One of the many things that I connect with in permaculture, is that ‘edges are where the action is’. I have spent my whole life living on the edge, never quite fitting in. Is it possible that this could be the right place to settle? Learn to feel good, unleash my creativity and achieve more impact than if I jumped either way?
This is both an exciting and a terrifying prospect. If the potential is so huge, living my own truth by learning to harness energy from surfing edges feels right. It is so easy to stay safe, even if it jars with who you want to be. In my case, I have a great job. I lead environmental programmes at a charity that engage businesses in building healthy communities. I enjoy my work and have great opportunities to influence senior leaders. I also get to develop practical projects that make a difference on the ground. I have been there for 10 years, earn a good salary, have almost 8 weeks paid holiday, a pension and love the people that I work with. Many would say that I am fortunate (which I am) and I should appreciate what I have and get on with the job.
But in the back of my mind, I cannot help thinking that it isn’t enough. That my true calling lies elsewhere. That what I am doing is maintaining the status quo, rather than challenging it. Keeping us on autopilot towards a crash course with social and environmental limits. I feel that I am missing my true calling and time is running out. Do I need to change direction?
At a visceral level, I want to be part of creating something new. Building from the bottom up and becoming part of a network of changemakers. Reconnecting with nature and her laws. Making a contribution that resonates with my heart and soul, as well as my head.
And then my sensible side kicks in. As the oldest (recovering!) girl from an evangelical Christian family, my sense of responsibility and duty is strong. I look at the dimensions of ‘the great turning’ and feel I should be part of the ‘holding actions’. Reduce the damage of our current system. Prod at the conscience of current leaders. Use my position of privilege to influence to the best of my ability. But this feels to me that, as when I was young, I am visiting elderly neighbours, while my friends go out and have fun. What I want is to be part of building the new, creating, connecting and catalysing change. Enabling communities to build real abundance and resilience from the bottom up. To be independent. To be an entrepreneur in a community of likeminded people. Making enough to live well and channelling resources to the greater good.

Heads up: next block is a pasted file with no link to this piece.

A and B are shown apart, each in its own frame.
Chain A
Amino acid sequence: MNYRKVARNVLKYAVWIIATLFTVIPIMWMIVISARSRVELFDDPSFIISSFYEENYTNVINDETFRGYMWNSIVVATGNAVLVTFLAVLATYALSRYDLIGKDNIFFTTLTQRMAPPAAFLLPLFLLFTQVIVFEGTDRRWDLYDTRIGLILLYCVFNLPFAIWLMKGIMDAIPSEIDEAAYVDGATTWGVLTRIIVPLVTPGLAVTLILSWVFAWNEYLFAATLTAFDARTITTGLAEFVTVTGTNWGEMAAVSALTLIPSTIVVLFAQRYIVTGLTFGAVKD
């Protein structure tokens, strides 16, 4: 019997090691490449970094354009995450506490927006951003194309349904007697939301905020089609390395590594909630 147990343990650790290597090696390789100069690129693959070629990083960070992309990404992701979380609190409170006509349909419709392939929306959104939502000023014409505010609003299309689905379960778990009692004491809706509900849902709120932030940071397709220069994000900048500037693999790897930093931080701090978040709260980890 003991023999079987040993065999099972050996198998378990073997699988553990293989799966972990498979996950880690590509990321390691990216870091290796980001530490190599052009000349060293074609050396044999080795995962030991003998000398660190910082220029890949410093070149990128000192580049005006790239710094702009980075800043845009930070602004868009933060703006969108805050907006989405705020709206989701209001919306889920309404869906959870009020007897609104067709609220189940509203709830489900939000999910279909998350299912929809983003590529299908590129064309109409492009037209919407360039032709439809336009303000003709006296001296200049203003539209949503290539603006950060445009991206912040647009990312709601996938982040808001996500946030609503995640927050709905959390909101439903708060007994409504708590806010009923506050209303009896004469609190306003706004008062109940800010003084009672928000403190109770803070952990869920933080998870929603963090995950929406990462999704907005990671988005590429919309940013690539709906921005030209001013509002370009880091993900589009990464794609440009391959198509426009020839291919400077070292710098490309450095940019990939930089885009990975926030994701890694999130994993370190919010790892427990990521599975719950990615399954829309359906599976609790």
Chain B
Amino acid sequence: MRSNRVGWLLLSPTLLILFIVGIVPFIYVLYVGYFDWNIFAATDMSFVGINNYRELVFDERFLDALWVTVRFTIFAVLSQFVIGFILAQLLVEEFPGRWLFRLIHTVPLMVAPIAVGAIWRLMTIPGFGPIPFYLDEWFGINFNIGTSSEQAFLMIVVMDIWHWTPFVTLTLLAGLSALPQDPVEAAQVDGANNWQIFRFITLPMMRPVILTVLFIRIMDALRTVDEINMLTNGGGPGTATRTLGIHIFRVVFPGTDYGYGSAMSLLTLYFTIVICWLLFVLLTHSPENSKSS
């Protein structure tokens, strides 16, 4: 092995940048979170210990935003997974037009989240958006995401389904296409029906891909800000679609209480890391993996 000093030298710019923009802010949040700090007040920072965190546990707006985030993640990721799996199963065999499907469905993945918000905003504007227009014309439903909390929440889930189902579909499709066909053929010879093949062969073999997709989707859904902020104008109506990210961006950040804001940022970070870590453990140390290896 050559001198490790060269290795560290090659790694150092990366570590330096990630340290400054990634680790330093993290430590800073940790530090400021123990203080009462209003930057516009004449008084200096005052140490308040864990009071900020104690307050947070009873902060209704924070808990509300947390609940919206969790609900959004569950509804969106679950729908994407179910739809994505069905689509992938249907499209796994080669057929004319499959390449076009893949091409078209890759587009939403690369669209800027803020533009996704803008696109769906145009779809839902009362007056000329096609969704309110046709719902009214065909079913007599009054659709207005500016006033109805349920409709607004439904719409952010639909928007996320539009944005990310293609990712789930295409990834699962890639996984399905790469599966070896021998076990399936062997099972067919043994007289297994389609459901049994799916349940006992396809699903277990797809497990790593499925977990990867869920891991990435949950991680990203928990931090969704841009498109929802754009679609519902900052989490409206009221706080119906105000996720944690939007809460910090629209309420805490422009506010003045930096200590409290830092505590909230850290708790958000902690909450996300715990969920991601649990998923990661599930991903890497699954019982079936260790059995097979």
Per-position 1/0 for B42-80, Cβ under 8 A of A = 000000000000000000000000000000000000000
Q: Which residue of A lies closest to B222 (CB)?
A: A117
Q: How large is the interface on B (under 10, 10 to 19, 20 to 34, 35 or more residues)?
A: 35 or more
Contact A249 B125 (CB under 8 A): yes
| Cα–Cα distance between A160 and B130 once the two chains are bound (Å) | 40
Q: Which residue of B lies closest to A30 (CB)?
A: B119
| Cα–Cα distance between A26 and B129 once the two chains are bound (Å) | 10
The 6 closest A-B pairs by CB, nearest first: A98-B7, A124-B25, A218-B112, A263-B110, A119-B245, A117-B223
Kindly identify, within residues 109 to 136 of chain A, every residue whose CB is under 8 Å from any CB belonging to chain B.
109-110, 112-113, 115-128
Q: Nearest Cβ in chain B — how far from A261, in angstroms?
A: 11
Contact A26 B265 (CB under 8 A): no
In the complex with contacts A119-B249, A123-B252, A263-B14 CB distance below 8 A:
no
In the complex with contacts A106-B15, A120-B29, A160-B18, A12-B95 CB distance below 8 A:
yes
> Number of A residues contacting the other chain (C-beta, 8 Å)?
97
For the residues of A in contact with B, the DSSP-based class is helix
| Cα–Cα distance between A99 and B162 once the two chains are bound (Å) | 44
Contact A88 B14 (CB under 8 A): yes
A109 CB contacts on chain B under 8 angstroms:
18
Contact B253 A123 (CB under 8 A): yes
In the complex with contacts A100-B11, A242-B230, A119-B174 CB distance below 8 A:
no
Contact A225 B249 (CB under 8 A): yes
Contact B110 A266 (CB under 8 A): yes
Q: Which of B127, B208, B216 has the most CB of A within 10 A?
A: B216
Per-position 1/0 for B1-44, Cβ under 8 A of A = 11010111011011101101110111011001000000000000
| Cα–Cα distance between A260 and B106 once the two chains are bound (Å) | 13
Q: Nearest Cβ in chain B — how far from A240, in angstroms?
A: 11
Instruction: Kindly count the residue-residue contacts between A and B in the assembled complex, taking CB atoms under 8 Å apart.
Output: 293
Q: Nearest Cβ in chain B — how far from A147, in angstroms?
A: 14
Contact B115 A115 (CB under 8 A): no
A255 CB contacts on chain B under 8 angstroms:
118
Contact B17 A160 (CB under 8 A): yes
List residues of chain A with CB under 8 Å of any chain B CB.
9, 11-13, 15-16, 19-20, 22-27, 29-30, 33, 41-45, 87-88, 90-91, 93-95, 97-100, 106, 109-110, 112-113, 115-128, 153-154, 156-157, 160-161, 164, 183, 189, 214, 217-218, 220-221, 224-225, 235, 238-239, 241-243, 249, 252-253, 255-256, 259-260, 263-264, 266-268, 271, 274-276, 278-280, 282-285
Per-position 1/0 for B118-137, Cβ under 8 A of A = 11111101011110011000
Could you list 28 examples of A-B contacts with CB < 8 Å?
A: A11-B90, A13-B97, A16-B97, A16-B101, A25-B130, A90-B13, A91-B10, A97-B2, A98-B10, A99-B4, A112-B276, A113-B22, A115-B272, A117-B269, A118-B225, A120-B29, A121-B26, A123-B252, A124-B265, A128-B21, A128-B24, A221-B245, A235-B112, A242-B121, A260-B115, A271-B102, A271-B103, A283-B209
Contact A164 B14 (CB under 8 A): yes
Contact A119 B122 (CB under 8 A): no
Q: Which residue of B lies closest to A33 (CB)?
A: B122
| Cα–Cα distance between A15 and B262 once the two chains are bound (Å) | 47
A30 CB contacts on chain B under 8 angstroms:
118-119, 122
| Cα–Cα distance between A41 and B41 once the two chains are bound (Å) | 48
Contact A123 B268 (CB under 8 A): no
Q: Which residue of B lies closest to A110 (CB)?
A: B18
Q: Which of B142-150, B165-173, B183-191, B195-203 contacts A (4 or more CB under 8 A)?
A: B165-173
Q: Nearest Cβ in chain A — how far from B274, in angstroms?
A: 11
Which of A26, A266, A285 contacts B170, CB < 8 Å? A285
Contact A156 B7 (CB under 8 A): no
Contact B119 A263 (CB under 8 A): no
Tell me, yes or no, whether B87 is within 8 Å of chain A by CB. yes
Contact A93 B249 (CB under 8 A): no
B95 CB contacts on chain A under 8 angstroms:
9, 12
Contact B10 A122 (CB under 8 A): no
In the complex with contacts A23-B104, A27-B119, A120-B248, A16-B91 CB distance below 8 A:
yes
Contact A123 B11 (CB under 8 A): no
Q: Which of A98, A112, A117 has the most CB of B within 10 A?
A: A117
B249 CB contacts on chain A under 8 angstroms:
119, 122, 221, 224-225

Thinking about the possibilities makes me feel so alive. But, sensible me intervenes again. You have responsibilities. How will you pay the mortgage? How will you manage your other obligations? How will you live? You can’t make a reliable income like that! Indeed, I have tried before and failed, so my fear is born of experience. Even though the rational me knows that only through that failure have I come to where I am today. And everything is alright.
So here I sit, mired in indecision. Feeling like I want to make a leap, but terrified that if I do, I will lose it all again. 20 years later, it feels like it will be so much harder to bounce back. But, also knowing that if I don’t, I will always wonder. That nagging feeling that my potential could so much greater out there than in here.
Which brings me back to where I started. I live on the edge. One foot in our modern, noisy world of more, more, more. Consumption, degradation, exploitation and greed. Attempting to slow it down, make it better. The other studying permaculture. Wanting to plough my own furrow. Be part of building something new from the bottom up. Free to express myself more, to challenge the status quo and speak truth to power in a different way.
Is it possible to do both? How do I live in a way that relaxes with how things are? Relishes the unique opportunities of living on this particular edge? In this particular time, in this particular place? Am I living the transition needed for the great turning in my own life, which is why it feels so hard?
As Stephen Pressfield says in the War of Art, what matters is doing the work. Starting to move towards what you dream of being. Every day. To use his analogy, I want a new role in this life. I have played my current one for a long time. Like the person who leaves a successful part in a long running TV series to do theatre. Or a band member who heads off to go solo. Others might think I am mad, but the need to take on a new challenge and carve my own niche is strong. The resistance is powerful too. I can feel it, but I know it is mine to overcome.
Today is the first day that I am trying to reconcile these questions in a new way. By creating a daily practice that gives time and space to write. To think, to create and build new opportunities. While also appreciating, respecting and delivering value in my current life. Today I have done the work. I have written from the heart and it feels good. I am now going to share it, which is where I have always failed before. I would love to hear your feedback.